It helps to be familiar with some extremal examples of non-Hamiltonian graphs, and reasons why a graph might fail to be Hamiltonian. I'm just going to go over a few of them here, though not all of them will help.
For example, a graph might not be connected. That would do the job. It's not really useful here, though, because such a graph wouldn't have an Eulerian path either.
A graph might fail to have a Hamiltonian cycle because it has a cut vertex, such as the graph below. If you start on the left, for instance, then to visit all the vertices you have to go through the middle vertex to get to the other side, and then go through it again to get back to where you started. It does have a Hamiltonian path, though, so it might not be the right tool for the job here.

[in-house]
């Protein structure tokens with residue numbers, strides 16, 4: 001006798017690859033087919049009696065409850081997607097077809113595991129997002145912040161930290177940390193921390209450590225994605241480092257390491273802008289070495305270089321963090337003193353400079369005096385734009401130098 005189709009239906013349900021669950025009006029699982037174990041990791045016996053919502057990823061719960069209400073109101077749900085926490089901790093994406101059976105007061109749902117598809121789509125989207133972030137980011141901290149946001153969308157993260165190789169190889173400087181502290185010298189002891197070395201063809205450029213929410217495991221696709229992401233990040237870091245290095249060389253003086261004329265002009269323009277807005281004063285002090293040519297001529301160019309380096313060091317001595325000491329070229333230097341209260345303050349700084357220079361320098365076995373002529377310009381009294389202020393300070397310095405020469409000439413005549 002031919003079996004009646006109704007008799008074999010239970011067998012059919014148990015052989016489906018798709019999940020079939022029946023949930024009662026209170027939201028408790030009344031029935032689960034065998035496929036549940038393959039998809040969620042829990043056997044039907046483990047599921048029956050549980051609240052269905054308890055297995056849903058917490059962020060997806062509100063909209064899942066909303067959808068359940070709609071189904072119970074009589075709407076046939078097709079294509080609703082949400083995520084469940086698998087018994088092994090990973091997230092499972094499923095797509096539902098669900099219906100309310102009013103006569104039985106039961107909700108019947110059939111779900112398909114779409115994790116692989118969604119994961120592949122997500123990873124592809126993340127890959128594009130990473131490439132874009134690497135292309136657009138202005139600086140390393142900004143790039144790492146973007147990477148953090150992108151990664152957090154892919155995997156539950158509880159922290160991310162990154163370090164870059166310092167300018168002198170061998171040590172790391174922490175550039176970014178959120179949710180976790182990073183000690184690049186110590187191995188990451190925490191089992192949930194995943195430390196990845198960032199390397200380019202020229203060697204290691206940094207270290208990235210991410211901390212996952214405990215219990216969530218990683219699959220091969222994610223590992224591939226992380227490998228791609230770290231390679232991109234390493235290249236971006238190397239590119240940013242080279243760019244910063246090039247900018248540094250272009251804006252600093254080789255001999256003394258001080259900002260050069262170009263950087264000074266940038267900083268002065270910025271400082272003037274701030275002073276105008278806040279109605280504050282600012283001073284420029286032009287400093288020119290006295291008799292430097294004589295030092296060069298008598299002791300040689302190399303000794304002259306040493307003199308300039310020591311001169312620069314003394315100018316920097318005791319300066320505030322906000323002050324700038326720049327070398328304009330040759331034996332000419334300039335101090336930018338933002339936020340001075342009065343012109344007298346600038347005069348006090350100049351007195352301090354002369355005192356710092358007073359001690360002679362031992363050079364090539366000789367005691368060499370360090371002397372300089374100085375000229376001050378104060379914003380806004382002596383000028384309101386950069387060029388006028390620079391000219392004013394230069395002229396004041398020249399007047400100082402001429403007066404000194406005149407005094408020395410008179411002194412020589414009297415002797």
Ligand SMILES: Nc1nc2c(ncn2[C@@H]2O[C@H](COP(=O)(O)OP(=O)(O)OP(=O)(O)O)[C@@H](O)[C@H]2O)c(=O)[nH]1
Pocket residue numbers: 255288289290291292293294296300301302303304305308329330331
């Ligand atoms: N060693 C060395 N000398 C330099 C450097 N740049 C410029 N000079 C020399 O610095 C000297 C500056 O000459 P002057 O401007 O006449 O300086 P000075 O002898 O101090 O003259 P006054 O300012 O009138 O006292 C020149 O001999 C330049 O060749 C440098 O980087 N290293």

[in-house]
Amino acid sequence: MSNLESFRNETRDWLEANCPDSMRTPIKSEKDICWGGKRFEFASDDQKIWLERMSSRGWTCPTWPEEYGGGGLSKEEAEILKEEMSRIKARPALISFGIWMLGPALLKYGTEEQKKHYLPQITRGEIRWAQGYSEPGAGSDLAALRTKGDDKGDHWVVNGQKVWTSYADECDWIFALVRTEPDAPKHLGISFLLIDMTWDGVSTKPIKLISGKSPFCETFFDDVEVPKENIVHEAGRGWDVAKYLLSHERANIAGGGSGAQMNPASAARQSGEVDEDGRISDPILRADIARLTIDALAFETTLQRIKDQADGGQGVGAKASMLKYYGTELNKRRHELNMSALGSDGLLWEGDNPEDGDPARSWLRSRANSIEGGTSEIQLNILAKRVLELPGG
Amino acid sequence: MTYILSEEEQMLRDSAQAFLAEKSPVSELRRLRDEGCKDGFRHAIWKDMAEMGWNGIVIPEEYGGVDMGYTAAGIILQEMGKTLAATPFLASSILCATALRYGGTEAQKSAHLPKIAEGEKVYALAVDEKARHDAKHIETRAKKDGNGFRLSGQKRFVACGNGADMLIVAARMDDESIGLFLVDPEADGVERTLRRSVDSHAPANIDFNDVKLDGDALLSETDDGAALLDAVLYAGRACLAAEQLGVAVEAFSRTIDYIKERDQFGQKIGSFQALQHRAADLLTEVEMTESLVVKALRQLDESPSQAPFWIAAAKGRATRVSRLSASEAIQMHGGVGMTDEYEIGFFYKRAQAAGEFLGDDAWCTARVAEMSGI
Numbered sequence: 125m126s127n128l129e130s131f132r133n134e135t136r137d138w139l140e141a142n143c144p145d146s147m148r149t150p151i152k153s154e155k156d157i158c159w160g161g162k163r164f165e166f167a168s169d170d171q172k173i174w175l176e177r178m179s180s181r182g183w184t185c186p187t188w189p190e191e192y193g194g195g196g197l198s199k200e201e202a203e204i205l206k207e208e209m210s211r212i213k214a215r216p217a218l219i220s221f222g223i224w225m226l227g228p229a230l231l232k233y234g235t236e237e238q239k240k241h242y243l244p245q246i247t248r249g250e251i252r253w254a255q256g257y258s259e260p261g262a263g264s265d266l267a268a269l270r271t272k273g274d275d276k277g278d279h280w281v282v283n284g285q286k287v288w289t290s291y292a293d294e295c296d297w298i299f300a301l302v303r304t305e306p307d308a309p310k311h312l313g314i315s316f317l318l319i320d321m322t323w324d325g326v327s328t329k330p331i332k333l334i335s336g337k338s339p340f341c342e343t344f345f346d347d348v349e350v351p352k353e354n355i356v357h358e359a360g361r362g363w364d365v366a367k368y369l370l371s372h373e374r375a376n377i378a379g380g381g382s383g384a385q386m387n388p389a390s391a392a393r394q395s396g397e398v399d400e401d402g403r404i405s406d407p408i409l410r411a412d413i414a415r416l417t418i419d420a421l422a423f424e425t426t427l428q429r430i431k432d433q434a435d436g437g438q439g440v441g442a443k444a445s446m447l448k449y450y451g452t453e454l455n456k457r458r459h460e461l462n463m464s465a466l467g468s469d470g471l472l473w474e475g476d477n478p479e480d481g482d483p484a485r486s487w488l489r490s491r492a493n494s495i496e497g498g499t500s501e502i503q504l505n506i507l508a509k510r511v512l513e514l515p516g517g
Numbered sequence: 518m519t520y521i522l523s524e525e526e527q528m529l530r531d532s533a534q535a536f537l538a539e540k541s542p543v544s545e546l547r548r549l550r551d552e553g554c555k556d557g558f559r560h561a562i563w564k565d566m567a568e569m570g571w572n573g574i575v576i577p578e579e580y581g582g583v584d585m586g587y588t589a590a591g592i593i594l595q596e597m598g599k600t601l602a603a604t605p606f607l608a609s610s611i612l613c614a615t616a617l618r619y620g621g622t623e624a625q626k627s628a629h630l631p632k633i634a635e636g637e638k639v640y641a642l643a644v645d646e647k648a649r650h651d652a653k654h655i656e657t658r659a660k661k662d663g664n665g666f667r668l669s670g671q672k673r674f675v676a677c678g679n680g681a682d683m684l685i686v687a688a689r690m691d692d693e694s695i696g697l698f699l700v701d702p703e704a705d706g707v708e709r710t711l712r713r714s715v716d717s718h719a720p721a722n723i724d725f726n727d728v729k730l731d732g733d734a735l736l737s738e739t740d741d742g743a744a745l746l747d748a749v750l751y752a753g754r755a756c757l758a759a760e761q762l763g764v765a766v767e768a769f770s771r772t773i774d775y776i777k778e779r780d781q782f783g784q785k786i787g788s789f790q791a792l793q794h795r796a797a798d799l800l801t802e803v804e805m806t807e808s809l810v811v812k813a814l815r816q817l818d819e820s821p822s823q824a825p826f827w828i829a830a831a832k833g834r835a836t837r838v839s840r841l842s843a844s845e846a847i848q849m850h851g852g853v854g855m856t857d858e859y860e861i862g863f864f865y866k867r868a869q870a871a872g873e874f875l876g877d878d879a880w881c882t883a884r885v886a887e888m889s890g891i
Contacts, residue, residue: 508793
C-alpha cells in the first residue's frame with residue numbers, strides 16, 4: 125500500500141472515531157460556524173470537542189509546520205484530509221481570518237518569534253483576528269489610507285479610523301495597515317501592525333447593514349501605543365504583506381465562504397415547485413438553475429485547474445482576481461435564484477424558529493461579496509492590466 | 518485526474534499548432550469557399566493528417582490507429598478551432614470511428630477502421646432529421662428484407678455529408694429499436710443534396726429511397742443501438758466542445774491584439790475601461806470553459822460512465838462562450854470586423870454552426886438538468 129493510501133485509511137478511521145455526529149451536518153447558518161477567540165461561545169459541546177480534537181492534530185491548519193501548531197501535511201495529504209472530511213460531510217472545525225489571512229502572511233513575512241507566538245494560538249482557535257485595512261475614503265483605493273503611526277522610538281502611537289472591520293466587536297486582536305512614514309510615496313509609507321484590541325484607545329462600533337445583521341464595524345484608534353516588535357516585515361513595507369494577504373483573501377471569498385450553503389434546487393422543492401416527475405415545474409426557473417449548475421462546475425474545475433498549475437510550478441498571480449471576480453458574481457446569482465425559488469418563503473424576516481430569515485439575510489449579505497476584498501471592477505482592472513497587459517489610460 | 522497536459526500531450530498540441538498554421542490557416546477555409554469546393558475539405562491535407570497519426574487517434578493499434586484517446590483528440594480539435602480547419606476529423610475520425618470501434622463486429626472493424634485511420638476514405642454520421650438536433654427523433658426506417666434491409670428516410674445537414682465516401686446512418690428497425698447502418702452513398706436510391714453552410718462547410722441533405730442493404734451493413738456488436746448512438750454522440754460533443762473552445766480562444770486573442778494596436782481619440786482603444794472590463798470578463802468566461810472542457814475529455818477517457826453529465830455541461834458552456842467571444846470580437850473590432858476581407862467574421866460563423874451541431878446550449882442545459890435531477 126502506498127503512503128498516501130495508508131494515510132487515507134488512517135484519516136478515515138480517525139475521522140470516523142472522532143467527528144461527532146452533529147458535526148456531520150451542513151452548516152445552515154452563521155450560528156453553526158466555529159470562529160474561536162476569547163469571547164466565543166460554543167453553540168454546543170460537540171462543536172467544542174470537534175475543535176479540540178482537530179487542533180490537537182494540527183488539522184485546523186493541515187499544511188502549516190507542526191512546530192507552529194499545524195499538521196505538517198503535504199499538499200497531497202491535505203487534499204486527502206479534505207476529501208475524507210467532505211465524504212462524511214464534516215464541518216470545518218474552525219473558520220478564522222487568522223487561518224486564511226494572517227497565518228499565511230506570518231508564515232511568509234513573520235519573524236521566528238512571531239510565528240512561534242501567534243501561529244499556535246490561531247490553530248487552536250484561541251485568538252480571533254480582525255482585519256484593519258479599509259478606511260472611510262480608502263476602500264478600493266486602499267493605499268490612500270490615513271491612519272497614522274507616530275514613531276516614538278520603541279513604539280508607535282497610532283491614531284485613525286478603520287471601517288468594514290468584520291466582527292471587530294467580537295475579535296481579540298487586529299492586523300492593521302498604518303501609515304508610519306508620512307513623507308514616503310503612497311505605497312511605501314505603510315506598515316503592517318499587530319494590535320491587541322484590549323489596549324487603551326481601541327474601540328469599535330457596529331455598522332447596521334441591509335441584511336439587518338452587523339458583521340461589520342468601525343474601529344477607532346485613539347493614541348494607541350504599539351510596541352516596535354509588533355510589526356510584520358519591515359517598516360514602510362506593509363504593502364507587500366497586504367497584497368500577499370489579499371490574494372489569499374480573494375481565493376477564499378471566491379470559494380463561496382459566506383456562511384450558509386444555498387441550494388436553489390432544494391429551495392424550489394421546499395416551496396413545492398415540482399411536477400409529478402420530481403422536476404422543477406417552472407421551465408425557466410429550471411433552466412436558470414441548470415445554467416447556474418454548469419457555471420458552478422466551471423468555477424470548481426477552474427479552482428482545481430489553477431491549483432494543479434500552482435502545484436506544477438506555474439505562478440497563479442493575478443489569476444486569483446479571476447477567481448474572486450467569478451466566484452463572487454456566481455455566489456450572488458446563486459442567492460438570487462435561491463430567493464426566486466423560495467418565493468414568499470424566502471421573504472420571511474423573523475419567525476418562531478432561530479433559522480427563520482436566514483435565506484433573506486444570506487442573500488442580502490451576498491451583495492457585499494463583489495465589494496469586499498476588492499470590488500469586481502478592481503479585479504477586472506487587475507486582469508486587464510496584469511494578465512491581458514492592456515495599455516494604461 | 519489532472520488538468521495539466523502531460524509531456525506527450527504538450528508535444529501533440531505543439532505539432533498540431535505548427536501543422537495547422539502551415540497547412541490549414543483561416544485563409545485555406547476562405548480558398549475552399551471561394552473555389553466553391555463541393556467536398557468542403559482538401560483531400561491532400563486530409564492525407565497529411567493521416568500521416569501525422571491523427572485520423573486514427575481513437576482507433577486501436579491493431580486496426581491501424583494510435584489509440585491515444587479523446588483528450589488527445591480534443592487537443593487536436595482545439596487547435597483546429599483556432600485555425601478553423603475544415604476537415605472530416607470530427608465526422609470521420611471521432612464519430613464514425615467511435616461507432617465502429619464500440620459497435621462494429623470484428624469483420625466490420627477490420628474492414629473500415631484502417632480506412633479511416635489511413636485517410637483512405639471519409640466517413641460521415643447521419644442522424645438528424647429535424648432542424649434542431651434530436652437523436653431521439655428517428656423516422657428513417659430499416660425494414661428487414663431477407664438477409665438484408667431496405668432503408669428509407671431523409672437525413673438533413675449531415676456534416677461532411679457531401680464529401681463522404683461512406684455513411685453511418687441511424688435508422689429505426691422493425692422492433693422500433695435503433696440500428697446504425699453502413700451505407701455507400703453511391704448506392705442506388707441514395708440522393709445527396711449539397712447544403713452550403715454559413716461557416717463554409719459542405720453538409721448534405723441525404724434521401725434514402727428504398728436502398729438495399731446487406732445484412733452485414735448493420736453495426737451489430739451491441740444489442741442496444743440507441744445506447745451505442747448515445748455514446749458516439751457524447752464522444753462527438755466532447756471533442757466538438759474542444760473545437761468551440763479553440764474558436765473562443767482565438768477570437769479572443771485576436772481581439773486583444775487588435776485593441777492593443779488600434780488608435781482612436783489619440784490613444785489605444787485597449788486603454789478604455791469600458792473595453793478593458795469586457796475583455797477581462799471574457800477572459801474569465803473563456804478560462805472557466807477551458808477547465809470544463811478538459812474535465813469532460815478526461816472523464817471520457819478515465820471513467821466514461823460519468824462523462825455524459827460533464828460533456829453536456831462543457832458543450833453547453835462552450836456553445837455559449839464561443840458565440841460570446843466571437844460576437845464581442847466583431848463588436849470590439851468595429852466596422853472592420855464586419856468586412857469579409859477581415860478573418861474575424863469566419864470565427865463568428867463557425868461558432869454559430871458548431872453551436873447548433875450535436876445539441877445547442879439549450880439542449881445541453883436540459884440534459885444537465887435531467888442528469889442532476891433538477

An unbalanced bipartite graph, such as the one below, does not have a Hamiltonian cycle because any path or cycle alternates between one part and the other, and you run out of vertices on one side long before you run out of vertices on the other side. If the bipartite graph is sufficiently unbalanced, it does not have a Hamiltonian path, either. The particular example I drew below is not Eulerian, but you can find a counterexample of this form if you play with it a bit.
Finally, the Petersen graph is a graph with no Hamiltonian cycle that's a counter-example to about a billion different things. It doesn't help us here, because all its vertices are odd, but I'm going to mention it anyway because it's so useful so often.